When Carl Froch and Mikkel Kessler renew hostilities on March 25, it will have been three years, one month, and one day since they first fought. In that initial affair, Kessler won a close, unanimous decision in his native Denmark. But a lot can change in three years, and with the rematch set for London’s O2 Arena, Englishman Froch is listed as about a 2-1 favorite.

Standard rematch protocol following a very close, entertaining first fight, which is what Kessler-Froch I was, is to arrange an immediate rematch. That wasn’t an option here because Kessler-Froch I took place as part of the “Super Six” tournament and both men were pre-committed to other future fights. So this could never be like Arturo Gatti-Micky Ward or Israel Vazquez-Rafael Marquez, classic rivalries in which three bouts were crammed into just 12 or 13 months. If there was going to be a Kessler-Froch rematch, there would be time for the rivalry to breathe first.

Maybe that’s not boxing’s standard protocol, but it does happen. There have been plenty of famous fights throughout history that led to a rematch three or more years later.

Probably the most well known case is Sugar Ray Leonard vs. Thomas Hearns. In 1981, they met to unify the welterweight championship. It wasn’t until 1989, when they were super middleweights, that they shared the ring again. Though both were somewhat diminished as fighters by the time they rematched in their 30s, the product was similar: a close, dramatic, action-packed fight. In the first fight, Leonard rallied late to win by 14th-round TKO. He might done the same in the rematch—but it was only scheduled for 12 rounds, so Sugar Ray ran out of time and the bout was ruled a draw.

If the eight years between Leonard-Hearns fights sounds like a lot, that’s nothing compared to the 17 years separating Roy Jones’ 1993 win over Bernard Hopkins and the revenge Hopkins exacted in 2010. When that much time passes, it’s almost certain that circumstances will be wildly different by the second go-round. In this case, Jones was all but spent and coming off a first-round knockout loss just four months earlier, and the rematch was an embarrassment all the way around.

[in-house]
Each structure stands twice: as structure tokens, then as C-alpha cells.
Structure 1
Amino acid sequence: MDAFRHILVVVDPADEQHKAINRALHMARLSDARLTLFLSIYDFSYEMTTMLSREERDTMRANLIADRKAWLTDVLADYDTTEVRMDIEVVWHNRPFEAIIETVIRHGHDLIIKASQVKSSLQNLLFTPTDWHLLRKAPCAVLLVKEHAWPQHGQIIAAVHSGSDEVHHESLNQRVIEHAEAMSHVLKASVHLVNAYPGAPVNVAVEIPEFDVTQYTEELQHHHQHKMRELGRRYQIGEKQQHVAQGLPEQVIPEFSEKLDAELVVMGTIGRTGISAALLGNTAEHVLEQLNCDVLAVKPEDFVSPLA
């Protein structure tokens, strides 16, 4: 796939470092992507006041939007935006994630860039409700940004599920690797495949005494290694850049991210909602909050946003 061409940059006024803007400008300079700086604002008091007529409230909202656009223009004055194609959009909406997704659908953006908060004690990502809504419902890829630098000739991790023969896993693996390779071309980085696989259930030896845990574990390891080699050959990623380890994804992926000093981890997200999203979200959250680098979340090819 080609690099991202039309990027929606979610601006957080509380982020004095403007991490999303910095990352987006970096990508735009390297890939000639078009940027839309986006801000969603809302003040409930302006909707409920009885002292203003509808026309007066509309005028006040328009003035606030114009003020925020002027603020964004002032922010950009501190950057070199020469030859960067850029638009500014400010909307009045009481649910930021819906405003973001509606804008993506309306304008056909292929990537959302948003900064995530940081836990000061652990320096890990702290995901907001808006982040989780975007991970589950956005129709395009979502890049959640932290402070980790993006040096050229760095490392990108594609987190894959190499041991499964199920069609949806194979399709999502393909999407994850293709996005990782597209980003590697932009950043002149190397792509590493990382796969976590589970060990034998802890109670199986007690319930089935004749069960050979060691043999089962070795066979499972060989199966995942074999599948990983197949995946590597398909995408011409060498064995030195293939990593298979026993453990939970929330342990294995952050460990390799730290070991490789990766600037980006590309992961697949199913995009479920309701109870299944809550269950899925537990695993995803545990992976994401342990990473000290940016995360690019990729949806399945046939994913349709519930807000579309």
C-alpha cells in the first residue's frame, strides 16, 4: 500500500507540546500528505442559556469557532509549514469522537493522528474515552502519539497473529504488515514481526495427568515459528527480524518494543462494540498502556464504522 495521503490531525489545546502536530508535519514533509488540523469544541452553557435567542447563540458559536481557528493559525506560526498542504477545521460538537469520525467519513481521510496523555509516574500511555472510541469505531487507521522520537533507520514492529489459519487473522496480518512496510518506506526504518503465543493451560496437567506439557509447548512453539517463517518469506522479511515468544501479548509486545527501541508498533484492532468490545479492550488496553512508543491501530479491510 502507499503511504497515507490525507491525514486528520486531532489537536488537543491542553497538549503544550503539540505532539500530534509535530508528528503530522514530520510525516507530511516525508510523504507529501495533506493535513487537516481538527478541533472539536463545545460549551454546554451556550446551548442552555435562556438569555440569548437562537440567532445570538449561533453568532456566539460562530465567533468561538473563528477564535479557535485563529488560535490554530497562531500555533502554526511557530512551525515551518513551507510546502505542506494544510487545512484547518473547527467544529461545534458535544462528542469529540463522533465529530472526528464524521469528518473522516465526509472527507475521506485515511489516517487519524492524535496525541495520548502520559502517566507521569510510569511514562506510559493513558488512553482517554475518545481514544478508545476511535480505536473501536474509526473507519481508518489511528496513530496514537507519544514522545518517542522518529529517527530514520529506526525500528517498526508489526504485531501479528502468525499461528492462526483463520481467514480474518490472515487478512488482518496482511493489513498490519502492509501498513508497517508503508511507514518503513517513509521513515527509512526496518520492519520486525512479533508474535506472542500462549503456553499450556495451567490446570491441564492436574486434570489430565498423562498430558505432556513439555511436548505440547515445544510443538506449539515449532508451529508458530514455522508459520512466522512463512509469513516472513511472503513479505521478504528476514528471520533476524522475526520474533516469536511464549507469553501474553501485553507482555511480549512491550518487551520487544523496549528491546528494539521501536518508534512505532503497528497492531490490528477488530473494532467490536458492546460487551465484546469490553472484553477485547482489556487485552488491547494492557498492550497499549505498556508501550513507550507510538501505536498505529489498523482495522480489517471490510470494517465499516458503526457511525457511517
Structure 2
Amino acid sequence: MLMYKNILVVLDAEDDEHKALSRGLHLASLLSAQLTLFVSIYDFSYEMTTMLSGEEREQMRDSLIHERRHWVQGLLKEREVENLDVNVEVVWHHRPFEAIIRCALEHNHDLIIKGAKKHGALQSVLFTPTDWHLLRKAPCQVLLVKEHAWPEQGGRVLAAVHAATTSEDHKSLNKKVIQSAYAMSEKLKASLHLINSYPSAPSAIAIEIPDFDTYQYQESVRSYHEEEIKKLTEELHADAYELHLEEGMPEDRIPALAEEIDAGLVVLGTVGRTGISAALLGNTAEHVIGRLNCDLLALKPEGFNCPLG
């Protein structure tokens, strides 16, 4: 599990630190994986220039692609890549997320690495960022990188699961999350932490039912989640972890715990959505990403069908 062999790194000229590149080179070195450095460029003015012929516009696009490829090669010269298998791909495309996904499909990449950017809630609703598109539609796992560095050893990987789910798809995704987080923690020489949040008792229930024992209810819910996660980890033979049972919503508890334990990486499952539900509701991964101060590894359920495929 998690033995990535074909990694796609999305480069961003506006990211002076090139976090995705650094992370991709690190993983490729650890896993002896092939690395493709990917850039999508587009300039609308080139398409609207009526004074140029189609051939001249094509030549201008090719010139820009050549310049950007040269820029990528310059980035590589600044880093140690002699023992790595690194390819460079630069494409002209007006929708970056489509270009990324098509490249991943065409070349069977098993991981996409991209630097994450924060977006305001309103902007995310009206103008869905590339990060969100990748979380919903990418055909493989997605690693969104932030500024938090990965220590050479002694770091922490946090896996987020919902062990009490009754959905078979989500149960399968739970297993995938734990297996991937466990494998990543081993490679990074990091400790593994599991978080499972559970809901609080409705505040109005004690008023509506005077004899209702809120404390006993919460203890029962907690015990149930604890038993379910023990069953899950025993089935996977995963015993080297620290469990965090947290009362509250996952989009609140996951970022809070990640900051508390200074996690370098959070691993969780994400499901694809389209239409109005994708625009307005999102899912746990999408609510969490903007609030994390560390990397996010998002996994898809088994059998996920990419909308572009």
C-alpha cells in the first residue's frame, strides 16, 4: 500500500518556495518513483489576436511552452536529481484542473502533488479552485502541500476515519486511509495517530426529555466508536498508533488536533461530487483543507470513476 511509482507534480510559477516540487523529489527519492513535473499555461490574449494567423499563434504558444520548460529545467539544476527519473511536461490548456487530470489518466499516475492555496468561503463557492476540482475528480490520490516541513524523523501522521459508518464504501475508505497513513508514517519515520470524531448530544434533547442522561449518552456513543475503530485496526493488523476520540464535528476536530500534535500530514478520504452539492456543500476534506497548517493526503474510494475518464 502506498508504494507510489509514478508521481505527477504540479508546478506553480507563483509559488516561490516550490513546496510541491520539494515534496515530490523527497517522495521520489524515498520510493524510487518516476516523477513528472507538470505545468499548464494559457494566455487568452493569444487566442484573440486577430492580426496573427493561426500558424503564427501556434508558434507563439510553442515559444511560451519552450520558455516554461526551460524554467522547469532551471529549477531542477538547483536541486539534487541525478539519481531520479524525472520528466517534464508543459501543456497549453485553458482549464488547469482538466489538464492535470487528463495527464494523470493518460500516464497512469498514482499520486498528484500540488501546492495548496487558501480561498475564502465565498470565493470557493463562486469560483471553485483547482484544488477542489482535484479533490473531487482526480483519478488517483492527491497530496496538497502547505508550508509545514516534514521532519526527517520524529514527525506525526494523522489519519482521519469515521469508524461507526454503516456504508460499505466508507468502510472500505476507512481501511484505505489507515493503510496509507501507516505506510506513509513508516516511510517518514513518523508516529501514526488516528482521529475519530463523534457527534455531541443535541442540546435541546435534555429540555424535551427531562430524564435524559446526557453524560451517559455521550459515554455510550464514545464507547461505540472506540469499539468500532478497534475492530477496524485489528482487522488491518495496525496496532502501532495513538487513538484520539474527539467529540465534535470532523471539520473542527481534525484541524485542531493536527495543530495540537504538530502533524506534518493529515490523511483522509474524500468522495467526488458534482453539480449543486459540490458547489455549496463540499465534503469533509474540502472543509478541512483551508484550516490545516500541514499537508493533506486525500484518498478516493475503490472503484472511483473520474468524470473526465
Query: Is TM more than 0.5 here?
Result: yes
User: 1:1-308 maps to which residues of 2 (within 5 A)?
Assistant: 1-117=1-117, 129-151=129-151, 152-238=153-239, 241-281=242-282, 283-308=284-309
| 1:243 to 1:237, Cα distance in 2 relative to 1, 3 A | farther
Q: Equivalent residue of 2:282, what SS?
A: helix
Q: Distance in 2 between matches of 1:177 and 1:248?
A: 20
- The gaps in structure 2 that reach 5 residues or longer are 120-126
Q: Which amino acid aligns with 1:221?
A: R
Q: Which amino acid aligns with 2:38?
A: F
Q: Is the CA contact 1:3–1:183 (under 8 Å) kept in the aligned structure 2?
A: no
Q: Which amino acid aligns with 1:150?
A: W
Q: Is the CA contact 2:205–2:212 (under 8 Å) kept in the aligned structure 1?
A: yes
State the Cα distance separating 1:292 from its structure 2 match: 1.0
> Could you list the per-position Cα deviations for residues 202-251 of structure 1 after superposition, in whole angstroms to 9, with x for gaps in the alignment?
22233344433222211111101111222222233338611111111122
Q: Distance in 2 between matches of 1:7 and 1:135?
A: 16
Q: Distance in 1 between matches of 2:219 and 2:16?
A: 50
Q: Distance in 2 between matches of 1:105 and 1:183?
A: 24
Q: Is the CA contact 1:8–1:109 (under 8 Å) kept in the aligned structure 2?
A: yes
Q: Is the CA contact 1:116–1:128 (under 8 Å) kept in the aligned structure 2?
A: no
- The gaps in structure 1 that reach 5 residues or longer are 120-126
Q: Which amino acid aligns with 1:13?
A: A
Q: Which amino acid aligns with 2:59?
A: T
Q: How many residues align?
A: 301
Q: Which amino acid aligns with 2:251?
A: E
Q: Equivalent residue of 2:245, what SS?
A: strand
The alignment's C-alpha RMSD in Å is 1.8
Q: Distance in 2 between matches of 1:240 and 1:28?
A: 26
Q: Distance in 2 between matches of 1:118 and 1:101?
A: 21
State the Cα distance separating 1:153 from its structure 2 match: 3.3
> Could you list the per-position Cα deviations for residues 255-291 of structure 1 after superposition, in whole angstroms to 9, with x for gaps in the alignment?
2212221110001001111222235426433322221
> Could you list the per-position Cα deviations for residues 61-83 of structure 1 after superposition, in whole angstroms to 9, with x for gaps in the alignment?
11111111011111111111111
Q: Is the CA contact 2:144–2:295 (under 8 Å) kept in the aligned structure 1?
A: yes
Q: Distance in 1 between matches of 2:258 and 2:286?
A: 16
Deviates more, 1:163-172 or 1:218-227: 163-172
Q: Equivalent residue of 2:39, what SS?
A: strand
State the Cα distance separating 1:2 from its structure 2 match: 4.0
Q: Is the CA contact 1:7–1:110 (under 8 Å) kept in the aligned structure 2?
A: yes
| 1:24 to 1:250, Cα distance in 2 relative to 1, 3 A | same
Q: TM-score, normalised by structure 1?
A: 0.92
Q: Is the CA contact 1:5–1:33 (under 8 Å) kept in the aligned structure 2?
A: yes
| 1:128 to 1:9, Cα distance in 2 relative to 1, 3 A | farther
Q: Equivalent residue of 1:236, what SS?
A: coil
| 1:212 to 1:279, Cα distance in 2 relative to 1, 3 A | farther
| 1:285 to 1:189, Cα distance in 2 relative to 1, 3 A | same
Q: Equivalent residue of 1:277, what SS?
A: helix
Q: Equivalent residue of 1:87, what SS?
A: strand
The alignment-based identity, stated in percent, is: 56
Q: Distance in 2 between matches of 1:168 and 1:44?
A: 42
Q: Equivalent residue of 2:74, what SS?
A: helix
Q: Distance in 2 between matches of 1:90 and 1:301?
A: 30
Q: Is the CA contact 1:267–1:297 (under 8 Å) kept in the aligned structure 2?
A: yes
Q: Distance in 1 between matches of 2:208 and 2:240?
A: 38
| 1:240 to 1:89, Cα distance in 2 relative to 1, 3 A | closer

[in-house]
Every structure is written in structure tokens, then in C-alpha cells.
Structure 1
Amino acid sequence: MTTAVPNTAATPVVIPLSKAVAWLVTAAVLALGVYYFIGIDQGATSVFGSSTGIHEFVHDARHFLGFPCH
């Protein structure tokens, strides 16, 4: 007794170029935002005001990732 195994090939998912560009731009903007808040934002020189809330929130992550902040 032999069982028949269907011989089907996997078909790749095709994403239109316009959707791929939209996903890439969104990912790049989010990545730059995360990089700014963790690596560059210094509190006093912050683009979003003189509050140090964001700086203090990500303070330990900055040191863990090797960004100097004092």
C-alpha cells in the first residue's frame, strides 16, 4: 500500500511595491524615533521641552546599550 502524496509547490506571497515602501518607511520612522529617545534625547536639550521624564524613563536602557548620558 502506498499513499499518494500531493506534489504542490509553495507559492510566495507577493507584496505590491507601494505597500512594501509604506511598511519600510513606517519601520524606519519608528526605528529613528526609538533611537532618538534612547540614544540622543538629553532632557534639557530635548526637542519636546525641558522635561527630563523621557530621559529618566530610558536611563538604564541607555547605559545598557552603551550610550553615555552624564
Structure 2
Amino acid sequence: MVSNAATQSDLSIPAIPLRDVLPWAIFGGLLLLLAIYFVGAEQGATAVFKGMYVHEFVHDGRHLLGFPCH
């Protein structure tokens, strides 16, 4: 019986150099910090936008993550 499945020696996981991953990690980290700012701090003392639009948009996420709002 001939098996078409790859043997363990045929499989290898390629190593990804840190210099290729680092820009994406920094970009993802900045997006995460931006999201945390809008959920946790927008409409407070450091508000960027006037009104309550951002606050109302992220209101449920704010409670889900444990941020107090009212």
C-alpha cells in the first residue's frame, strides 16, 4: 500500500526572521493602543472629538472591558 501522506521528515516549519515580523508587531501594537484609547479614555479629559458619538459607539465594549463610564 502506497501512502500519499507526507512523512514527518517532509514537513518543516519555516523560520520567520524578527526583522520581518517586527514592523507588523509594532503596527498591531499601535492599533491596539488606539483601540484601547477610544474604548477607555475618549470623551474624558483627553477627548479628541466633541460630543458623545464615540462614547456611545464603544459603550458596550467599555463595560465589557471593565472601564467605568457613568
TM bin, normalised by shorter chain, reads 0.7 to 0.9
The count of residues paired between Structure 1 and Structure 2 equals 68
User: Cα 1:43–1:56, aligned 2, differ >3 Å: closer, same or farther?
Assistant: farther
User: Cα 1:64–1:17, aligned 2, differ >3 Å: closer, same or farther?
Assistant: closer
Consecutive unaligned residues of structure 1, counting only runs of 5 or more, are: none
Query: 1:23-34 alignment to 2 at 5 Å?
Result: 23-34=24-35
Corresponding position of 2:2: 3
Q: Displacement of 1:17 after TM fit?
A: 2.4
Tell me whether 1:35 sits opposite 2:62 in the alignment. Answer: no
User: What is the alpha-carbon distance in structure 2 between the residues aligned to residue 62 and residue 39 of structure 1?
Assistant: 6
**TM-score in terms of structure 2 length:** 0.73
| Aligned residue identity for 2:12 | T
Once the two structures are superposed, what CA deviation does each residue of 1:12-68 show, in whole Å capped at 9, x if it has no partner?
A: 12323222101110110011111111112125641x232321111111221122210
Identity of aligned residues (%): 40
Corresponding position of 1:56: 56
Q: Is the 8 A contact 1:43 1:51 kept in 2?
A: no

In most cases, however, the result doesn’t change from the first fight to the second. History repeats itself, often more quickly and less memorably.

Julio Cesar Chavez defeated Meldrick Taylor via controversial 12th-round stoppage in 1990 in arguably the best fight of the decade. Four years later, Taylor was no longer an elite boxer and was dispatched in eight one-sided rounds.

When Billy Conn challenged Joe Louis for the heavyweight championship in 1941, he led on the cards before Louis caught up with him in round 13 of a legendary duel. World War II got in the way of a rematch and forced them to wait until 1946, by which time Conn was rusty, old, or both, and Louis dominated the eight rounds that the fight lasted.

Joe Frazier’s first fight with Jerry Quarry, in the summer of ’69, was not exactly summer-of-love-appropriate, as Frazier won on cuts in seven rounds in a bruising Fight of the Year. When they fought again in ’74, the battle was almost as violent as their first but a bit shorter, ending with Frazier’s hand raised in the fifth.

If Frazier had Quarry’s number, so too did George Foreman have Frazier’s. In the iconic “Down goes Frazier!” fight in 1973, Foreman stomped Smokin’ Joe in two rounds to capture the heavyweight crown. Frazier lasted longer when they went at it a second time in ’76, but he was no more competitive, getting wiped out in five rounds.

The general perception is that Froch is closer to his prime right now than Kessler is, which is why the man who lost the first time is favored on May 25. But sometimes time changes nothing and the style matchup assures the same type of fight no matter how many times they do it. If that turns out to be the case with Kessler and Froch, no fight fan will complain.

Froch, Kessler Reignite Three-Year-Old Rivalry

by Kiearn Mulvaney

In the immediate aftermath of his first, back-and-forth, give-and-take tussle with Mikkel Kessler, before the rationalization and defiance kicked back in, Carl Froch’s eyes told the story. So too did his words.

Appearing uncharacteristically downcast, the preternaturally super-confident Englishman looked at girlfriend Rachel Cordingly as the two embraced in the ring.

“I’m sorry,” he said.

Cordingley’s response – a disbelieving “What?” – was more than the effort by a loving partner to be consoling; it was a genuine and legitimate expression of disbelief that, after 12 rounds of Herculean effort, Froch could possibly feel that, win or lose, he had failed in any possible way.

The judges’ scorecards provided the explanation for Froch’s apology: Kessler had won a unanimous decision. But it had been a truly titanic battle, one that most neutral observers considered to be closer to the 115-113 card of Guido Cavellari than Roger Tilleman’s 117-111. As the disappointment ebbed, Froch’s swagger ultimately returned with the assertion that had the fight been in England rather than Kessler’s Denmark, the result might have been different.

He has the opportunity to put that theory to the test on May 25 when, three years after their initial encounter, super-middleweights Froch and Kessler clash again, this time in London, on HBO World Championship Boxing.

Read the Complete Carl Froch vs. Mikkel Kessler Fight Overview on HBO.com